Carpal Tunnel Syndrome (CTS) is a major concern for millions of people who type during a large part of their workday. Web programmers, writers, data analysts, and many other office workers, scientists, and professionals will experience some discomfort in their hands and wrist after repetitive motions.
Even if you don’t type constantly, things like swimming, tennis, and weight lifting can cause CTS as well.
You can, however, avoid carpal tunnel syndrome by following these preventive practices.
Practice common sense
If you’re in a profession that makes you prone to CTS consider taking measures that will prevent this from happening to you. Any job where you use your hands and wrists extensively puts them at risk. Make sure you rest your hands and body enough and strengthen your wrists to avoid damaging them.
Optimize your workstation
It may be the job of your employer to make sure that you have a workstation that helps to prevent CTS and other repetitive stress injuries.
If this is not the case, take the matter into your own hands. Use ergonomic equipment like a keyboard pad, and take frequent breaks from repetitive work that puts your wrists and shoulders under a lot of stress.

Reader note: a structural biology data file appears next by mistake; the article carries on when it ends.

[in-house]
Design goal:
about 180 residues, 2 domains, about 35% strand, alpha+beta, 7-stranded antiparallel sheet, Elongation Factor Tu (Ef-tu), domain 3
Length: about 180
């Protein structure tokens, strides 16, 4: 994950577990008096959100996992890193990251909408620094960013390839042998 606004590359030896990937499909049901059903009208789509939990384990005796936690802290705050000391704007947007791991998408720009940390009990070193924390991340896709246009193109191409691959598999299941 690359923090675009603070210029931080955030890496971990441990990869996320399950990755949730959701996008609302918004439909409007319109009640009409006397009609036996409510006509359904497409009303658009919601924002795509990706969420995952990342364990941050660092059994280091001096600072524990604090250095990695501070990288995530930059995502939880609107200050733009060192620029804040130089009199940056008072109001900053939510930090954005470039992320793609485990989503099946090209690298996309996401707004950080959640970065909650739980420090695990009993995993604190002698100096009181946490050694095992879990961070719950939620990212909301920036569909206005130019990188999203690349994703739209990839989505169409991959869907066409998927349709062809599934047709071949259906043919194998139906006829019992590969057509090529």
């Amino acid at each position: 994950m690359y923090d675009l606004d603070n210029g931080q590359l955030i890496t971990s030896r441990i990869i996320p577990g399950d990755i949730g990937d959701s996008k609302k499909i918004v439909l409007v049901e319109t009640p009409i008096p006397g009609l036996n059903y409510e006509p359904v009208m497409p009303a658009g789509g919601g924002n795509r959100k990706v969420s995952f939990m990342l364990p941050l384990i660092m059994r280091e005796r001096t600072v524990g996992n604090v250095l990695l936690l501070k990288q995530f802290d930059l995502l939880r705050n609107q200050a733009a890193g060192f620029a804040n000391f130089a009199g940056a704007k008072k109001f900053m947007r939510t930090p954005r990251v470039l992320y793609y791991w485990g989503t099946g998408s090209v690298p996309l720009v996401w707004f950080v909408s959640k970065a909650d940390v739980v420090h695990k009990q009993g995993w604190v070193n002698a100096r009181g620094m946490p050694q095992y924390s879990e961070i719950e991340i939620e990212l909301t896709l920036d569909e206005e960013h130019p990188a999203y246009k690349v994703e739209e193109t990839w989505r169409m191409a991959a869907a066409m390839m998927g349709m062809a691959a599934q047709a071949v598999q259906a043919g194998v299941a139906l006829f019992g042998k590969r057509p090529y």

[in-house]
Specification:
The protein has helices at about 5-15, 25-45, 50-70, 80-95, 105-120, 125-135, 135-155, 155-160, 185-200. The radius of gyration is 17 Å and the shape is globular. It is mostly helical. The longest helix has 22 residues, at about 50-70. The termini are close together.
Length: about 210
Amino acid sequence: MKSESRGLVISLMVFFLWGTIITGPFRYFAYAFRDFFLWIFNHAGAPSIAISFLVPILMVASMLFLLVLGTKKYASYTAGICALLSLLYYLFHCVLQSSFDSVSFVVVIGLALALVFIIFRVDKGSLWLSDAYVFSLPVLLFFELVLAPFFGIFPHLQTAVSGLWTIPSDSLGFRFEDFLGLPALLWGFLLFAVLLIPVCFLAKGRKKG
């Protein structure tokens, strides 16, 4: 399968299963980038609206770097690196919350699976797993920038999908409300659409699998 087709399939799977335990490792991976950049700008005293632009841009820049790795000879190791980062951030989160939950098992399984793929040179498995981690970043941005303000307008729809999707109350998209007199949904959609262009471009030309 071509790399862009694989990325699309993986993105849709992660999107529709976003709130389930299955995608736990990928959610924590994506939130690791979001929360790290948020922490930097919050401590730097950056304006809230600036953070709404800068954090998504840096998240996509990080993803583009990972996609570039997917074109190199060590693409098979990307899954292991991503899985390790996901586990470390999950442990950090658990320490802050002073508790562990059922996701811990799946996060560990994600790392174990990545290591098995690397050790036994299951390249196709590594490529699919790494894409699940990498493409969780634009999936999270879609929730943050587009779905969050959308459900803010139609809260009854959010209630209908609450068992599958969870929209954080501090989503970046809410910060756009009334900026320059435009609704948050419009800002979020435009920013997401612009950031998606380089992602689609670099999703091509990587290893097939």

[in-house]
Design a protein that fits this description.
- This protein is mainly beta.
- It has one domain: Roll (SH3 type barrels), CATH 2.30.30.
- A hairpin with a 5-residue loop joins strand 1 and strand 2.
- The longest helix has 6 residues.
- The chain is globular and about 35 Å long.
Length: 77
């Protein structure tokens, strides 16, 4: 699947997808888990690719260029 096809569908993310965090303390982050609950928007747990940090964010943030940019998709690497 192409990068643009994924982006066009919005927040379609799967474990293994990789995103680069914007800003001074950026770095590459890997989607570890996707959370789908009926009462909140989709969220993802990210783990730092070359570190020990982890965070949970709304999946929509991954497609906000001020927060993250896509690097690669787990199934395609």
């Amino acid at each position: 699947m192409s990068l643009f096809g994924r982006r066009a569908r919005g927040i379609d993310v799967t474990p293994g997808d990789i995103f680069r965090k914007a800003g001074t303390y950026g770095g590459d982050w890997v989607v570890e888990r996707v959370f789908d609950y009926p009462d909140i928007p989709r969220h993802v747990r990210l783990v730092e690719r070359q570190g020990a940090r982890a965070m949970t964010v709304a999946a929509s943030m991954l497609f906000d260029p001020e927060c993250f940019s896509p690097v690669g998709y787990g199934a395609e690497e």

Take care of yourself
Exercise and strengthen your hands and wrists in a way that doesn’t contribute to deterioration, but helps keep it at bay instead. The key thing to remember is that you’re looking for ways to exercise that avoid any extremes.
Being in overall good health will ensure you keep CTS at bay, and helps you to take prompt action when symptoms kick in.
Improve your posture
If you exercise regularly, it will help improve your posture, which is an essential aspect of successful CTS prevention. Are you following the experts’ recommendations for good posture when typing.
1) Your spine should rest against your chair along your mid-back.
2) Your shoulders and elbows should stay in a relaxed position.
3) Your wrists should remain in a horizontal position.
4) Your feet should either be on a footrest, or firmly touching the ground with the back of your knees forming a 90 degree angle.
5) Your screen should be at eye level to avoid strain on your neck and extra stress on your wrists and hands.
6) Your wrist should be lightly supported by a keyboard pad, but not rest heavily against it. Do not rest your wrists on the edge of your laptop.
Following all of these steps will help ensure that you minimize your risk of developing carpal tunnel syndrome.
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